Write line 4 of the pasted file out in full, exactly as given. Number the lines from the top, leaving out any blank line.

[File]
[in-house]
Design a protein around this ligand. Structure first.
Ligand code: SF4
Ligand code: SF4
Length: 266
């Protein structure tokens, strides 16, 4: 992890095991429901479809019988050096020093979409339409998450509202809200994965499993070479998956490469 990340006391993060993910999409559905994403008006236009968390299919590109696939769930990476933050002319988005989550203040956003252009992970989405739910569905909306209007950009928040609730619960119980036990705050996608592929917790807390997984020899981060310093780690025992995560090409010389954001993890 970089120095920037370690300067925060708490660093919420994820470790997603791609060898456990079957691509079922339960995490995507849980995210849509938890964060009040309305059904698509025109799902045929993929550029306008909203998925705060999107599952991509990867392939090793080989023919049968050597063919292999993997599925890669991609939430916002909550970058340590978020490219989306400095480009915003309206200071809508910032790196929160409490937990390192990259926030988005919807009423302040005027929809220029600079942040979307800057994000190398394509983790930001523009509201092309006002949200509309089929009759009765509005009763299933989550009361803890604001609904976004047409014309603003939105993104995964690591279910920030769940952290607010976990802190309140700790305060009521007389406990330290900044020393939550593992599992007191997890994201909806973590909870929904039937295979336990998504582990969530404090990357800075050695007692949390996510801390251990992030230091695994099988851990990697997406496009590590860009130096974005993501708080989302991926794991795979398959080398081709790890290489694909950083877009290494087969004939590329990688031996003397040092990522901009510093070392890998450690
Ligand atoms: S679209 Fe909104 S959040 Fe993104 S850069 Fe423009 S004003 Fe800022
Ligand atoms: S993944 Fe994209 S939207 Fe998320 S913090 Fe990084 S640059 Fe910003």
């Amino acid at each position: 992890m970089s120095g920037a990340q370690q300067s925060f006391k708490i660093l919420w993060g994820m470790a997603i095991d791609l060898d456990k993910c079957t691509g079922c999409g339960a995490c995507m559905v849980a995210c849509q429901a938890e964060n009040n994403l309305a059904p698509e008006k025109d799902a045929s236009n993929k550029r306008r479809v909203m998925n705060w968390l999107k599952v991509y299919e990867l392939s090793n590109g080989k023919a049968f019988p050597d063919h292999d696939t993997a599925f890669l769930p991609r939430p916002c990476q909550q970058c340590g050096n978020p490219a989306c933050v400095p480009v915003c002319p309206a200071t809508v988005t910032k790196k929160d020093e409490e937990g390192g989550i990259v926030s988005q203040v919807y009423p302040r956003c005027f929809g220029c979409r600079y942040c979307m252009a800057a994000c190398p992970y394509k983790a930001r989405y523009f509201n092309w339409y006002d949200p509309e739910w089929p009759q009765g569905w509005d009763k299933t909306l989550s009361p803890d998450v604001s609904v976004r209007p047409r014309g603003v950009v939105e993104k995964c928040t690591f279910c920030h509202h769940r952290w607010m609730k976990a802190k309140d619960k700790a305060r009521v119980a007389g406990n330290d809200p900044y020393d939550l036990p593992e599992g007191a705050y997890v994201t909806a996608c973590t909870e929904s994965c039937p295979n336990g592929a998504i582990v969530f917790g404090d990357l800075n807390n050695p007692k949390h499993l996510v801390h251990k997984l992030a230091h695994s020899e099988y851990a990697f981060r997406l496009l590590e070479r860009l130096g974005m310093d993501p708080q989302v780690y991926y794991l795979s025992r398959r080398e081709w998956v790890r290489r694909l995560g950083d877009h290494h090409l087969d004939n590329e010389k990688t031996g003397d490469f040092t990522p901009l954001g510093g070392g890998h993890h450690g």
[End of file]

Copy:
Ligand code: SF4